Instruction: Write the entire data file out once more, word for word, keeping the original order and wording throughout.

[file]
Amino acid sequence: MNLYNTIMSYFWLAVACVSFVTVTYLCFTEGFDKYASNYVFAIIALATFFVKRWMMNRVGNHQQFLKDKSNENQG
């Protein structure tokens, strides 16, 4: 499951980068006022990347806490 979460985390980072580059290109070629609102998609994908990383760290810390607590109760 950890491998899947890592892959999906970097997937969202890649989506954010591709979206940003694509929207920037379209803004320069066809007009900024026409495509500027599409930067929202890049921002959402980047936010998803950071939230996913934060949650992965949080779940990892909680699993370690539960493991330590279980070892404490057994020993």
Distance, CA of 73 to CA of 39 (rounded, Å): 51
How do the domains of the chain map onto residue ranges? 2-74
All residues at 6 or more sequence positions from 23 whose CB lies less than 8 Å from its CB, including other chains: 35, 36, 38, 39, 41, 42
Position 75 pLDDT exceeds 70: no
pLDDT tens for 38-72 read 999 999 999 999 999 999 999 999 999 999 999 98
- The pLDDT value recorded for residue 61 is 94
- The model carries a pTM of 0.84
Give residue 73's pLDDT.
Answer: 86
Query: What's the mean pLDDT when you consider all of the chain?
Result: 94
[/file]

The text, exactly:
Amino acid sequence: MNLYNTIMSYFWLAVACVSFVTVTYLCFTEGFDKYASNYVFAIIALATFFVKRWMMNRVGNHQQFLKDKSNENQG
């Protein structure tokens, strides 16, 4: 499951980068006022990347806490 979460985390980072580059290109070629609102998609994908990383760290810390607590109760 950890491998899947890592892959999906970097997937969202890649989506954010591709979206940003694509929207920037379209803004320069066809007009900024026409495509500027599409930067929202890049921002959402980047936010998803950071939230996913934060949650992965949080779940990892909680699993370690539960493991330590279980070892404490057994020993």
Distance, CA of 73 to CA of 39 (rounded, Å): 51
How do the domains of the chain map onto residue ranges? 2-74
All residues at 6 or more sequence positions from 23 whose CB lies less than 8 Å from its CB, including other chains: 35, 36, 38, 39, 41, 42
Position 75 pLDDT exceeds 70: no
pLDDT tens for 38-72 read 999 999 999 999 999 999 999 999 999 999 999 98
- The pLDDT value recorded for residue 61 is 94
- The model carries a pTM of 0.84
Give residue 73's pLDDT.
Answer: 86
Query: What's the mean pLDDT when you consider all of the chain?
Result: 94